Cure Eczema Skin Rash :There is a form of eczema treatment which does not require the patient suffering from the eczema skin rash to take medications. It’s called phototherapy or light therapy – a treatment for certain skin conditions using artificial light wavelengths from the sun’s ultraviolet spectrum.
Phototherapy involves the use of two kinds of UV light: UVA and UVB. Sometimes only one kind of UV light is used; other times, a combination of both is employed, of course depending on the recommendation of a specialist. It is prescribed by some doctors for patients with eczema, particularly those with atopic dermatitis and contact dermatitis. So when does a doctor advise a patient to undergo phototherapy? When the eczema is widespread and does not respond to any medications applied onto the affected areas.
How long does the treatment last before significant results are evident?
Exposure to UVB light is considered to be a safer form of photo-therapy used to cure eczema skin rash. It is recommended that a person afflicted with eczema to undergo 3-5 treatments per week. The amount of UVB light used is gradually increased depending on the disease’s response and the type of skin of the patient. Usually, a noticeable improvement on the affected skin is observed within 1-3 months of therapy.
Are there any side effects when I undergo this treatment?
The UV light used in phototherapy, although artificial, is still much like the one emitted by the sun. That is why exposure to this kind of light must be carefully done under the supervision of a specialist in order to prevent sunburn and other potential effects on the body. What are these potential side effects? One is the possible development of cataracts – a condition which involves the clouding of the normally clear lens of the eyes. During a phototherapy session, the patient’s eyes are protected by special goggles to prevent the UV light from harming the eyes and vision.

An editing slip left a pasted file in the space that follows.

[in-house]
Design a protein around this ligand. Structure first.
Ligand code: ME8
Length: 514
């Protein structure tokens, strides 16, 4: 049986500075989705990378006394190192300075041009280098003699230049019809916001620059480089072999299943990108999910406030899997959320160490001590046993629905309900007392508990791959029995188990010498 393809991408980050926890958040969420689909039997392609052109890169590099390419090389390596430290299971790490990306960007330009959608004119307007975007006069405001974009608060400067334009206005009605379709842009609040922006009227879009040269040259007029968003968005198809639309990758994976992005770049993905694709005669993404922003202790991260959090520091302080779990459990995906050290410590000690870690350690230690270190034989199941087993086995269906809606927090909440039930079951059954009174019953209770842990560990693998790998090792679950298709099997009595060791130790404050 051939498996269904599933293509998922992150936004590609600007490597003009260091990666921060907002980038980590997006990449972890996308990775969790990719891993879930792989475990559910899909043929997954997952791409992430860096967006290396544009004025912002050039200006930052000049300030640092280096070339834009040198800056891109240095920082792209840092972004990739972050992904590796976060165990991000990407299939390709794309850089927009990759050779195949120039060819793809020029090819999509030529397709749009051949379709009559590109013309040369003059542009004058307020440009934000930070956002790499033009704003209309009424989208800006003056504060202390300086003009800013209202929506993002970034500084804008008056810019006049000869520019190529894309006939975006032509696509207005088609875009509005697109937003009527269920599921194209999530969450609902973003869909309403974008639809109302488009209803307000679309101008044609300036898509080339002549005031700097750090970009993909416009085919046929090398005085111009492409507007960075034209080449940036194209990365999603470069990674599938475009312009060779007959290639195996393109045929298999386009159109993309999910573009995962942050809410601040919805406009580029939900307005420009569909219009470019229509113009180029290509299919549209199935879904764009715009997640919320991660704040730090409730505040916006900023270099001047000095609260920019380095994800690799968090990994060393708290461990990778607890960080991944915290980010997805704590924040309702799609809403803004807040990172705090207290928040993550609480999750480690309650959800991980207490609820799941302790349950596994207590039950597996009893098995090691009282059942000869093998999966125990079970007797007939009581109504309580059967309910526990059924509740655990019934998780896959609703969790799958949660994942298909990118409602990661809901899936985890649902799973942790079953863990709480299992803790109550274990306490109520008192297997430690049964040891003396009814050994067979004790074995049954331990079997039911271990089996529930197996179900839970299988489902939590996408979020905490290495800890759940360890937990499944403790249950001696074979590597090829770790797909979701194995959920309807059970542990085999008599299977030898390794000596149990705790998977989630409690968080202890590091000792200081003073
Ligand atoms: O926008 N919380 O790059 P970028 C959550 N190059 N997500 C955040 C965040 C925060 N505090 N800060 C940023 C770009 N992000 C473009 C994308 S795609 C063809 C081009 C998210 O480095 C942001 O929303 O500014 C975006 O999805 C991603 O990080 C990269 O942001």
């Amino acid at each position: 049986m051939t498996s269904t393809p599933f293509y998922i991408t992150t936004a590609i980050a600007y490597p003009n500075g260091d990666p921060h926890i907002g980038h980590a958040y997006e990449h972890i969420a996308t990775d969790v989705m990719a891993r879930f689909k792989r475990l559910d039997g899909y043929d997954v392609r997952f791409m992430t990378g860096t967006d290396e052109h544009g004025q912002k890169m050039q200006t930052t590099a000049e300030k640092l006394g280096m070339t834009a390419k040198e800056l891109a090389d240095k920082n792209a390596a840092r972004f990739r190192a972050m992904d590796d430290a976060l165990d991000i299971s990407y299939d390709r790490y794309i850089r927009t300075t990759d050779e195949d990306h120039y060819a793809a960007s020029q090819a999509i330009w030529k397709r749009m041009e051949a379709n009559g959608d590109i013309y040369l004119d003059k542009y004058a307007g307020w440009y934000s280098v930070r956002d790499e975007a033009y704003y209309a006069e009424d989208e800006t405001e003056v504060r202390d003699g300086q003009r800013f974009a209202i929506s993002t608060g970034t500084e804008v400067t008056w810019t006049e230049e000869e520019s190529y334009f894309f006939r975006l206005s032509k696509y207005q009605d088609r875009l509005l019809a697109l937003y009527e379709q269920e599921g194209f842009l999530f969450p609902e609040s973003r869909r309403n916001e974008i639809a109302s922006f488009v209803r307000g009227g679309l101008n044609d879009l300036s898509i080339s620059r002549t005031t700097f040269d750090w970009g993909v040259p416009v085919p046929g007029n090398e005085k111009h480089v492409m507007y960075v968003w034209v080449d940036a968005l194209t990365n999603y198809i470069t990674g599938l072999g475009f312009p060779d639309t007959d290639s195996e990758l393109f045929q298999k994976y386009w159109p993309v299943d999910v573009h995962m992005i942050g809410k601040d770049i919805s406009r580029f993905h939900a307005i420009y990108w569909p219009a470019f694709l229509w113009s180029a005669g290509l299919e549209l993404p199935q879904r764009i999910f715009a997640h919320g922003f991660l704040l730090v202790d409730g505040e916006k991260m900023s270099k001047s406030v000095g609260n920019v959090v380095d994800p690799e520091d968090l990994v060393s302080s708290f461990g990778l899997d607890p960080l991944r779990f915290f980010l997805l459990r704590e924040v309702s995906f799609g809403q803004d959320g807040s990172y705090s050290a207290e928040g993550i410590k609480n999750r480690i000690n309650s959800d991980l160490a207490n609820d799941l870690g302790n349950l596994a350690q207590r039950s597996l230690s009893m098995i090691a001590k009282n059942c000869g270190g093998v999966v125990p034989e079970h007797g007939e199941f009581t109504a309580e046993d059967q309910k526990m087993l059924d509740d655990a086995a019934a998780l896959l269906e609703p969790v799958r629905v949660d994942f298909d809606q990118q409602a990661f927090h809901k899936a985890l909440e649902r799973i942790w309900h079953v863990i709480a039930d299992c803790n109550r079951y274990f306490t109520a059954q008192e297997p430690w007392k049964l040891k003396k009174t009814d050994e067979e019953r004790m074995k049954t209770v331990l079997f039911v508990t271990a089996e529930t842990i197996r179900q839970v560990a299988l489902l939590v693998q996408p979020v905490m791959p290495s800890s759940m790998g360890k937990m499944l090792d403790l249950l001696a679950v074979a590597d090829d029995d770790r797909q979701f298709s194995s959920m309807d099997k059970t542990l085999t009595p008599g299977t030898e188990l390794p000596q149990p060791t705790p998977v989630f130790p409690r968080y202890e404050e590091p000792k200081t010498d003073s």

Premature skin aging may also be another potential side effect of phototherapy, although limited to prolonged treatments only. However, the patient’s exposure to UV light is administered in controlled doses by a specialist, so any skin damage that may arise is significantly kept at minimum.
We all know that prolonged exposure to direct sunlight can cause skin cancer. Sunlight has UV light; phototherapy uses the same kind of light as that emitted by the sun. Yes, this is very much true. But then again, phototherapy is controlled and administered by a specialist, and each phototherapy session does not take long hours of exposure to UV light. Usually, the first treatment only takes a few seconds, working up to a few minutes each side of the body as the treatment course progresses. Of course, much of it still depends on what the specialist deems appropriate.
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